The State of the Cat
Mark Thomas, Senior Principal Software Engineer, Pivotal
A review of the last 12 months in the Apache Tomcat project covering notable security vulnerabilities, critical bugs and significant new features followed by a look-ahead to the next 12 months including plans for Tomcat 10, products reaching end-of-life and thoughts on the impact of the transfer of JavaEE to Eclipse.
This session is intended for anyone working with, or considering working with, Apache Tomcat and will provide an opportunity to learn more about the future roadmap.
Jakarta EE and the road ahead for the ASF
Mark Struberg, Lifelong Learner & Software Architect
The Java Enterprise world went through wild ups and downs lately. But where do we go from here? And what does the ASF have to do with all that? Let's find out!
This talk will give an overview of a bunch of 'Enterprise' projects at the ASF, what their current state is and when to use them. We'll then shed a light on Apache Meecrowave for MicroServices and MicroProfile appliations and finally move over to Apache TomEE 8 for serving classic enterprise applications while still aiming for simplicity and performance. This talk includes a basic setup and introduction to building apps with the platforms mentioned above.
HTTP/2 and SSL/TLS State of Art in Our Servers
Jean-Frederic Clere, Manager, Software Engineering, Red Hat
The new HTTP/2 protocol and the corresponding TLS/SSL are common to Traffic Server, HTTP Server and Tomcat. The presentation will briefly explain the new protocol and the ALPN extensions and look to the state of the those in our 3 servers and show the common parts and the specifics of each servers. A demo configuration of each server will be run.
Apache httpd Reverse Proxy and Tomcat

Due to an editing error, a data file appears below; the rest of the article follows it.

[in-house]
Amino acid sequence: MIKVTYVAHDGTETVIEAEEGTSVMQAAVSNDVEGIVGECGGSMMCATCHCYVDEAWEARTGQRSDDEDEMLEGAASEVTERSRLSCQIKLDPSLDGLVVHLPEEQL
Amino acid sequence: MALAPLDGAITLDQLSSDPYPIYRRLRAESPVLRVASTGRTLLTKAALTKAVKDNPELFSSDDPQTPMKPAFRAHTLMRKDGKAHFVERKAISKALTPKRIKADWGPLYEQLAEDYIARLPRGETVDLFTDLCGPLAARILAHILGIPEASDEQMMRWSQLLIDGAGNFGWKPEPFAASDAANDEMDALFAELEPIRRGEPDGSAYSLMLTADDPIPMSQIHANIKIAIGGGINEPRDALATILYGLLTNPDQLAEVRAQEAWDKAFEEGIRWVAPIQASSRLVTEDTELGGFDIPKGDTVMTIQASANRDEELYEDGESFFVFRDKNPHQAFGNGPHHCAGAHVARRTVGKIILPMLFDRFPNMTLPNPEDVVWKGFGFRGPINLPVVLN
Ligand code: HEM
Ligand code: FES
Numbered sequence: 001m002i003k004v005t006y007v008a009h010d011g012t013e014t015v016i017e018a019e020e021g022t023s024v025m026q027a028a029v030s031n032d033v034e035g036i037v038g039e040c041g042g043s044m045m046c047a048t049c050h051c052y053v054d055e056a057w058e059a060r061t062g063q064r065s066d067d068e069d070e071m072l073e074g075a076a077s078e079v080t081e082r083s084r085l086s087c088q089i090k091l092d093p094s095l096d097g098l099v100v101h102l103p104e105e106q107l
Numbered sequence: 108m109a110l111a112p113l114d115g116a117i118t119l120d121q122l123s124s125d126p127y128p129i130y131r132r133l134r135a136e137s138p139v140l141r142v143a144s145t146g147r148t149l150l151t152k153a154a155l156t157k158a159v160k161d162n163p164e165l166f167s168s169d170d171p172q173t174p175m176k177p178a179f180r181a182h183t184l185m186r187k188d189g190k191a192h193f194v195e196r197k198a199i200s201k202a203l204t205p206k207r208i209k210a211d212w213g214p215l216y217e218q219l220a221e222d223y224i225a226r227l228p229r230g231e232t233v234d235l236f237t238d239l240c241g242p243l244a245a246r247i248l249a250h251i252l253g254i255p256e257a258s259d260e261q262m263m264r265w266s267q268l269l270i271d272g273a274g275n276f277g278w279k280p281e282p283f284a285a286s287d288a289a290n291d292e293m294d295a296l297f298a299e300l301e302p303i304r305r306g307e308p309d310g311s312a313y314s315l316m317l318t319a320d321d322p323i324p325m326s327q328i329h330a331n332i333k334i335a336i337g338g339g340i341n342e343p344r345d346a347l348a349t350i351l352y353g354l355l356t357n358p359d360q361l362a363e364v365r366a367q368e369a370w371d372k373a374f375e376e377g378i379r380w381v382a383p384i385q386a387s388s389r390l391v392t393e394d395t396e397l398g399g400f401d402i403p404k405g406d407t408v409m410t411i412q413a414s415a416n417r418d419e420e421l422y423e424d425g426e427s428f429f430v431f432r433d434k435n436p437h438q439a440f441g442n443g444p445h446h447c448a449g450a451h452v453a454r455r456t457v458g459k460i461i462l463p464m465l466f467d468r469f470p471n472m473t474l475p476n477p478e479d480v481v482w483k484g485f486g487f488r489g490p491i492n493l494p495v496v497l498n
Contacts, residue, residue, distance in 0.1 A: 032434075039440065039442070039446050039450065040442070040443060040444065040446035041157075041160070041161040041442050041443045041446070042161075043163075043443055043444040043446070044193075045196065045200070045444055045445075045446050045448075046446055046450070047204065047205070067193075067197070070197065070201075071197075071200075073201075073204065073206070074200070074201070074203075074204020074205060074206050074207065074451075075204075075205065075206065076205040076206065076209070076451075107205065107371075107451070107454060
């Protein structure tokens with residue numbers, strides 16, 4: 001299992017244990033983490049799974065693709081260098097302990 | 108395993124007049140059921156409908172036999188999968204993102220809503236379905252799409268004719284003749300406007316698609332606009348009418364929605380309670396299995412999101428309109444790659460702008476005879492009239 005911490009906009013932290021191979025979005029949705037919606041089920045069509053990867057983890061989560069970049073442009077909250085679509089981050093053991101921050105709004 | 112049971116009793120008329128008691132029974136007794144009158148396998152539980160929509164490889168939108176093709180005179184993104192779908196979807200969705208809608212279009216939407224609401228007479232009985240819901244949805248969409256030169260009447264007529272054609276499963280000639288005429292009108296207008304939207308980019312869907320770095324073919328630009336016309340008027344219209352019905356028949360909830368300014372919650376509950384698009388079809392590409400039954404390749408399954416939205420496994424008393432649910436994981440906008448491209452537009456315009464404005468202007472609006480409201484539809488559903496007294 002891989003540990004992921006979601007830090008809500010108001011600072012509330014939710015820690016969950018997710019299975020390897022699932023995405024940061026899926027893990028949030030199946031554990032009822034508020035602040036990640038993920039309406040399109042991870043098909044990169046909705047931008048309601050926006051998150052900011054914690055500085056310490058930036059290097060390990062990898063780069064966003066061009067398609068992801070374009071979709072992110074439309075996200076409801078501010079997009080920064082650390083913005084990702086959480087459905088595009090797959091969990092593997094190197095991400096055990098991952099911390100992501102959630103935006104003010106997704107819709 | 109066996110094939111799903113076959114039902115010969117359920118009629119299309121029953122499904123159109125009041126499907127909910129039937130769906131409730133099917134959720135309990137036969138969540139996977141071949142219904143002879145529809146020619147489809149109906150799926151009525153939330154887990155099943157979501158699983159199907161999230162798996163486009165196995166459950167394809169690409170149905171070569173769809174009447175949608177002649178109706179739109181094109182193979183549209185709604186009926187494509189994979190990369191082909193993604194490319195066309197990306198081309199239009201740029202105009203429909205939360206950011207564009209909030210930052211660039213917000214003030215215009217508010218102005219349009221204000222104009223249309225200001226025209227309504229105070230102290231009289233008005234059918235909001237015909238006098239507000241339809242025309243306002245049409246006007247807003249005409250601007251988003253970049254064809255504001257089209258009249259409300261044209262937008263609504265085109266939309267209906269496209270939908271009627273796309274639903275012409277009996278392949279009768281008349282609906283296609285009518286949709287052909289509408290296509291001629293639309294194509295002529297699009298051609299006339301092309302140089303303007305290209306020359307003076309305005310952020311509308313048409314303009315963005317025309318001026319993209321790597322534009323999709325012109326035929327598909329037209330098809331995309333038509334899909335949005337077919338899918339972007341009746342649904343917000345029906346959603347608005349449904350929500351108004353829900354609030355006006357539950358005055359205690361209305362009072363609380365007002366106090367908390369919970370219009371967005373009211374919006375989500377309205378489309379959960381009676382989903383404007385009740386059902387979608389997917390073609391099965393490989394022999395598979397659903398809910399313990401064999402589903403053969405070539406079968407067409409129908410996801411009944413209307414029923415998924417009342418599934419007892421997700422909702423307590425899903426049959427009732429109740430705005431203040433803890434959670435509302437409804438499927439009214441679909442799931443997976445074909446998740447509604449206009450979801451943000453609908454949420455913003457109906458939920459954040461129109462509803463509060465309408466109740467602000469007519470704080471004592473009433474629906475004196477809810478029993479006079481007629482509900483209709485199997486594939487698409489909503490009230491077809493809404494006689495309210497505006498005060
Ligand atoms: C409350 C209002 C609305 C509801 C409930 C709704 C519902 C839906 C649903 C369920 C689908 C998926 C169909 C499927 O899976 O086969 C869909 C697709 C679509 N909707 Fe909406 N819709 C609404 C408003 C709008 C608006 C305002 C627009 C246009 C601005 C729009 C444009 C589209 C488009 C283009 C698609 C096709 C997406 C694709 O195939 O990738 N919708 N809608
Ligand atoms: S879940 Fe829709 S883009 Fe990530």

Jim Jagielski, Co-Founder, Apache Software Foundation
Although mostly known as a fast and reliable web server, Apache httpd also excels as a reverse proxy. In this session find out how to setup httpd as a reverse proxy, how to connect to Tomcat using HTTP and AJP, and the full feature list of Apache httpd proxying capability.
Reactive Applications on Apache Tomcat
Violeta Georgieva Georgieva, Principal Software Engineer, Pivotal
One of the most important application characteristics nowadays are scalability and resilience. To achieve this, applications can use non-blocking, event-driven manner that scale with a small number of threads and backpressure. In Spring Framework 5, a new reactive stack is introduced, which includes Servlet/Reactive Streams bridge. Using this new capability it is possible to create reactive applications that can be deployed on Apache Tomcat.
In this session the attendees will learn how to leverage this bridge in their applications deployed on Apache Tomcat. The presenter will share internal details about how the bridge is implemented supporting both HTTP and Websocket protocols. Also a performance comparison will be presented showing the benefits of the new approach.
Monitoring Production Webapps running in Apache Tomcat with MoSKito
Leon Rosenberg, Software Architect
Bringing a webapp into production is one thing, but ensuring it runs 24/7 is its own science. MoSKito is an open source application performance management tool, which provides you detailed information about application's behavior, thread, cpu and memory usage, execution time of every method in your class, errors in your application and many more.
The talk will give a brief 5 minute introduction into MoSKito's tools and concepts, rest of the time is used for a live demonstration on a living web-application with real glitches. Usage of apache tomcat and tomcat specific information usage in MoSKito are in focus of the talk.
Performance Troubleshooting using Java Thread Dumps
Rainer Jung, Co-Founder, Kippdata informationstechnologie GmbH
Some of the hardest to tackle production problems are performance problems. A very important but still widely unknown feature of the Java Virtual Machine is the ability to provide thread dumps. They show exactly where the application code currrently is executing. In case of performance problems, specific code areas typically show up prominently in thread dumps. Examples are waiting for remote services like databases or REST calls, waiting for local locking operations or waiting for exhausted pooled resources like connection pools. A big strength of thread dump is, that they are production safe and typically do not need any preparation before one can use them. To make efficient use if thread dumps, one needs to gain some experience in interpreting them and efficiently extracting the most important information. The speaker uses thread dumps for performance analysis a lot. The talk will give lots of real life examples.